8. Sound reproducing apparatus comprising means for illuminating a photographic soundtrack, a plurality of photocells and a mirror for directing light passing through said soundtrack to said photocells, one edge of the surface of said mirror being substantially completely reflecting for directing said light to one of said photocells and the other edge of said mirror surface being substantially completely transparent for directing said light to another of said photocells, the pro-portion of light reflected to that transmitted varying uniformly between the said two edges.
9. Apparatus of the classdescribed including two photocells, means directing a beam of light toward said photocells and a mirror for directing light from said beam to said photocells, one edge of the surface of said mirror being substantially completely reflecting for directing said light to one of said photocells and the other edge of the surface of the mirror being substantially completely transparent for directing said light to another of said photocells, the ratio of reflection and transmission being graduated between said edges.
WILLIAM L. DOUDEN.
US759854A 1934-12-31 1934-12-31 Stereophonographic apparatus and method Expired - Lifetime US2124030A (en)

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Cited By (5)

* Cited by examiner, † Cited by third party
Publication number Priority date Publication date Assignee Title
US2422398A (en) * 1943-11-03 1947-06-17 Jr James J Dilks Recorder and reproducer for spiral photographic disk sound records
US2465849A (en) * 1944-04-10 1949-03-29 John R Cooney Sound-reproducing device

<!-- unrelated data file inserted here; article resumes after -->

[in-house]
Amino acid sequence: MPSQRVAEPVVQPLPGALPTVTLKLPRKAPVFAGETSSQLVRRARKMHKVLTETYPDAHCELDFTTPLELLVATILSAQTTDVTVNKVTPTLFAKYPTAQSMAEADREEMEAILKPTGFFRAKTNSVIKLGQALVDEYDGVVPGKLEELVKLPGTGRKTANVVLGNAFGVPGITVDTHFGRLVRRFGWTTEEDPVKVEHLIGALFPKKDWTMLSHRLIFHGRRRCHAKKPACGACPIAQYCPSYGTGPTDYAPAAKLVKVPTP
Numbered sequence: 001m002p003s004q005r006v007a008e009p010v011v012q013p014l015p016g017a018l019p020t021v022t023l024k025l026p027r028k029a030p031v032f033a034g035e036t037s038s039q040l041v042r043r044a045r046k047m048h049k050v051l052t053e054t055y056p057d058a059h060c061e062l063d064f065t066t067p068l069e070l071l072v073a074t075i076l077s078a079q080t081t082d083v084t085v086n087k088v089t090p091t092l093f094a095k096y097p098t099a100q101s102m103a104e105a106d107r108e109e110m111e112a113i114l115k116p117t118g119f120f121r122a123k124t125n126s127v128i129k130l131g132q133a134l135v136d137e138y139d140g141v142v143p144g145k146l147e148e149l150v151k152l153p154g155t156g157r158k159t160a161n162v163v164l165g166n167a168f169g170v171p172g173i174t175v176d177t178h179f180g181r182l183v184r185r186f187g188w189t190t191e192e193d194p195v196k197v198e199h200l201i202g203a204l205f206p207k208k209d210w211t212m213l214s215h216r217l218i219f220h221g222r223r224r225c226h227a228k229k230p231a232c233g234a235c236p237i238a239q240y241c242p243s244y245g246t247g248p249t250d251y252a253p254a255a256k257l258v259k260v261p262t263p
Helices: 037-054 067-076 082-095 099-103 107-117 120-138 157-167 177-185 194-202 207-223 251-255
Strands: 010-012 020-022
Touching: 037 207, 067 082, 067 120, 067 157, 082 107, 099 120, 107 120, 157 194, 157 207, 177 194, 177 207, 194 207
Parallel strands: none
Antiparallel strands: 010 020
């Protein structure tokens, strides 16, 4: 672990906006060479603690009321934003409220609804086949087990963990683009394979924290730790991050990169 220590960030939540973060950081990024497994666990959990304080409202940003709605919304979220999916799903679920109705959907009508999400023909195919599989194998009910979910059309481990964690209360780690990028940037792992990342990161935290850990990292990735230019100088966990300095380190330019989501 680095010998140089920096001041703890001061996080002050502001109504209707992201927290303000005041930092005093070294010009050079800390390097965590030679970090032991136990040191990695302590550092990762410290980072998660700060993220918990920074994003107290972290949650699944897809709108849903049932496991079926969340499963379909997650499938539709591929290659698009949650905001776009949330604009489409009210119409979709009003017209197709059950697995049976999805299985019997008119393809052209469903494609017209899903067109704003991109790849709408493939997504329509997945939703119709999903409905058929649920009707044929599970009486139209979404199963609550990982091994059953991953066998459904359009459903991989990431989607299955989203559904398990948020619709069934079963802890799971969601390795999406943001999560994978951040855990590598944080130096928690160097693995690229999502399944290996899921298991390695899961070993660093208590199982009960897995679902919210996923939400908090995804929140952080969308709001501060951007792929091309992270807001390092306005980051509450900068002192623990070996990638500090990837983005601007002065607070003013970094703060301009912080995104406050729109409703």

US2885256A (en) * 1955-12-16 1959-05-05 Frederic W Olmstead Recording system and method for displaced traces
US4061889A (en) * 1973-10-09 1977-12-06 Gabor Erdelyi Film with light sound track carrying the stereophonic sound information; ribbon light valve for providing the light sound track as well as light sound adapter for reproducing the information recorded on
US4257072A (en) * 1975-06-18 1981-03-17 Dainippon Screen Seizo Kabushiki Kaisha Method and apparatus using multiple deflections for reproducing a halftone image by scanning

Families Citing this family (5)

* Cited by examiner, † Cited by third party
Publication number Priority date Publication date Assignee Title
DE969183C (en) * 1938-11-12 1958-05-08 Klangfilm Gmbh Procedure for recording multi-channel sound writings
GB890832A (en) * 1957-06-11 1962-03-07 Emi Ltd Improvements relating to stereophonic sound transmission systems
DE1116728B (en) * 1957-06-19 1961-11-09 Emi Ltd Method for stereophonic sound transmission
DE1098998B (en) * 1958-08-16 1961-02-09 Westdeutscher Rundfunk Method for stereophonic electroacoustic transmission
DE1113245B (en) * 1958-10-11 1961-08-31 Westdeutscher Rundfunk Method for stereophonic electro-acoustic transmission

Cited By (5)

* Cited by examiner, † Cited by third party
Publication number Priority date Publication date Assignee Title
US2422398A (en) * 1943-11-03 1947-06-17 Jr James J Dilks Recorder and reproducer for spiral photographic disk sound records
US2465849A (en) * 1944-04-10 1949-03-29 John R Cooney Sound-reproducing device
US2885256A (en) * 1955-12-16 1959-05-05 Frederic W Olmstead Recording system and method for displaced traces
US4061889A (en) * 1973-10-09 1977-12-06 Gabor Erdelyi Film with light sound track carrying the stereophonic sound information; ribbon light valve for providing the light sound track as well as light sound adapter for reproducing the information recorded on
US4257072A (en) * 1975-06-18 1981-03-17 Dainippon Screen Seizo Kabushiki Kaisha Method and apparatus using multiple deflections for reproducing a halftone image by scanning